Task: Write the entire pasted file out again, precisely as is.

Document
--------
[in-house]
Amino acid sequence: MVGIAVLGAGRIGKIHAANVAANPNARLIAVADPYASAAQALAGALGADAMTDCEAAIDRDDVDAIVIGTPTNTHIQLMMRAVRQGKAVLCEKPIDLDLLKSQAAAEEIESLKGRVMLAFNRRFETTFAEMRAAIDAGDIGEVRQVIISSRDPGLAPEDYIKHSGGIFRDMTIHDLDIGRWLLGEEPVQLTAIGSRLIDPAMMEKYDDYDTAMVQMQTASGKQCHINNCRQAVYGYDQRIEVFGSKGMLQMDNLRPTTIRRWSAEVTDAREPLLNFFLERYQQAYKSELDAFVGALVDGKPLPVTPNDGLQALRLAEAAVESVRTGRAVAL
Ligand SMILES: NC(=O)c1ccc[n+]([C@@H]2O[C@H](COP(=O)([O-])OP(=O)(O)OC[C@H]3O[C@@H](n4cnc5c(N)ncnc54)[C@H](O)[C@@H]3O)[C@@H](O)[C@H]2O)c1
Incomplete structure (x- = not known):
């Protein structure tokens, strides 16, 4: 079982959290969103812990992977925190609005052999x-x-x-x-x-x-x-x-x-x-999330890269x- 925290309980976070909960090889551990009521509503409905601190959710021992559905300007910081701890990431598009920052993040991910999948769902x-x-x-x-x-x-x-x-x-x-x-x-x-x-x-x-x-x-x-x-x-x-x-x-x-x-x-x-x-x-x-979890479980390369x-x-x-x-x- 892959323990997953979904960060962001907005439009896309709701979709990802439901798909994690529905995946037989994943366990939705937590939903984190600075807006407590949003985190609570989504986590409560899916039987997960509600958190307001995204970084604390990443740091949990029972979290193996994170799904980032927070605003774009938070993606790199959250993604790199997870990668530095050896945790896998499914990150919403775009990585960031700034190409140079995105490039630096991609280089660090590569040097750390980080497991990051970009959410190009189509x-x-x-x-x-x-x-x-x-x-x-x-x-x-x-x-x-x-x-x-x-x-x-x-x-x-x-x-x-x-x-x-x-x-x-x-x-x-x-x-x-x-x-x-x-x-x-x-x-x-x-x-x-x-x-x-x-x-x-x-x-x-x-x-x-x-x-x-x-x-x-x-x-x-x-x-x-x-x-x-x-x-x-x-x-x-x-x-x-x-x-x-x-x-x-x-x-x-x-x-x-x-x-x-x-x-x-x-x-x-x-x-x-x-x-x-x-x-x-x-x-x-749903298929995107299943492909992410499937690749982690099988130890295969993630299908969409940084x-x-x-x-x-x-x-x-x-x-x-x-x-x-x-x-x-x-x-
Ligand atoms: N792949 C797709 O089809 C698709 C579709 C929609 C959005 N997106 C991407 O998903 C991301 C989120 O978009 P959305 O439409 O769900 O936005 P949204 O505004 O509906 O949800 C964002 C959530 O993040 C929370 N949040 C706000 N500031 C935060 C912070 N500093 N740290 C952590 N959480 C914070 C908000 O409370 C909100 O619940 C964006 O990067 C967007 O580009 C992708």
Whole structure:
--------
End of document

[in-house]
Amino acid sequence: MVGIAVLGAGRIGKIHAANVAANPNARLIAVADPYASAAQALAGALGADAMTDCEAAIDRDDVDAIVIGTPTNTHIQLMMRAVRQGKAVLCEKPIDLDLLKSQAAAEEIESLKGRVMLAFNRRFETTFAEMRAAIDAGDIGEVRQVIISSRDPGLAPEDYIKHSGGIFRDMTIHDLDIGRWLLGEEPVQLTAIGSRLIDPAMMEKYDDYDTAMVQMQTASGKQCHINNCRQAVYGYDQRIEVFGSKGMLQMDNLRPTTIRRWSAEVTDAREPLLNFFLERYQQAYKSELDAFVGALVDGKPLPVTPNDGLQALRLAEAAVESVRTGRAVAL
Ligand SMILES: NC(=O)c1ccc[n+]([C@@H]2O[C@H](COP(=O)([O-])OP(=O)(O)OC[C@H]3O[C@@H](n4cnc5c(N)ncnc54)[C@H](O)[C@@H]3O)[C@@H](O)[C@H]2O)c1
Incomplete structure (x- = not known):
């Protein structure tokens, strides 16, 4: 079982959290969103812990992977925190609005052999x-x-x-x-x-x-x-x-x-x-999330890269x- 925290309980976070909960090889551990009521509503409905601190959710021992559905300007910081701890990431598009920052993040991910999948769902x-x-x-x-x-x-x-x-x-x-x-x-x-x-x-x-x-x-x-x-x-x-x-x-x-x-x-x-x-x-x-979890479980390369x-x-x-x-x- 892959323990997953979904960060962001907005439009896309709701979709990802439901798909994690529905995946037989994943366990939705937590939903984190600075807006407590949003985190609570989504986590409560899916039987997960509600958190307001995204970084604390990443740091949990029972979290193996994170799904980032927070605003774009938070993606790199959250993604790199997870990668530095050896945790896998499914990150919403775009990585960031700034190409140079995105490039630096991609280089660090590569040097750390980080497991990051970009959410190009189509x-x-x-x-x-x-x-x-x-x-x-x-x-x-x-x-x-x-x-x-x-x-x-x-x-x-x-x-x-x-x-x-x-x-x-x-x-x-x-x-x-x-x-x-x-x-x-x-x-x-x-x-x-x-x-x-x-x-x-x-x-x-x-x-x-x-x-x-x-x-x-x-x-x-x-x-x-x-x-x-x-x-x-x-x-x-x-x-x-x-x-x-x-x-x-x-x-x-x-x-x-x-x-x-x-x-x-x-x-x-x-x-x-x-x-x-x-x-x-x-x-x-749903298929995107299943492909992410499937690749982690099988130890295969993630299908969409940084x-x-x-x-x-x-x-x-x-x-x-x-x-x-x-x-x-x-x-
Ligand atoms: N792949 C797709 O089809 C698709 C579709 C929609 C959005 N997106 C991407 O998903 C991301 C989120 O978009 P959305 O439409 O769900 O936005 P949204 O505004 O509906 O949800 C964002 C959530 O993040 C929370 N949040 C706000 N500031 C935060 C912070 N500093 N740290 C952590 N959480 C914070 C908000 O409370 C909100 O619940 C964006 O990067 C967007 O580009 C992708």
Whole structure: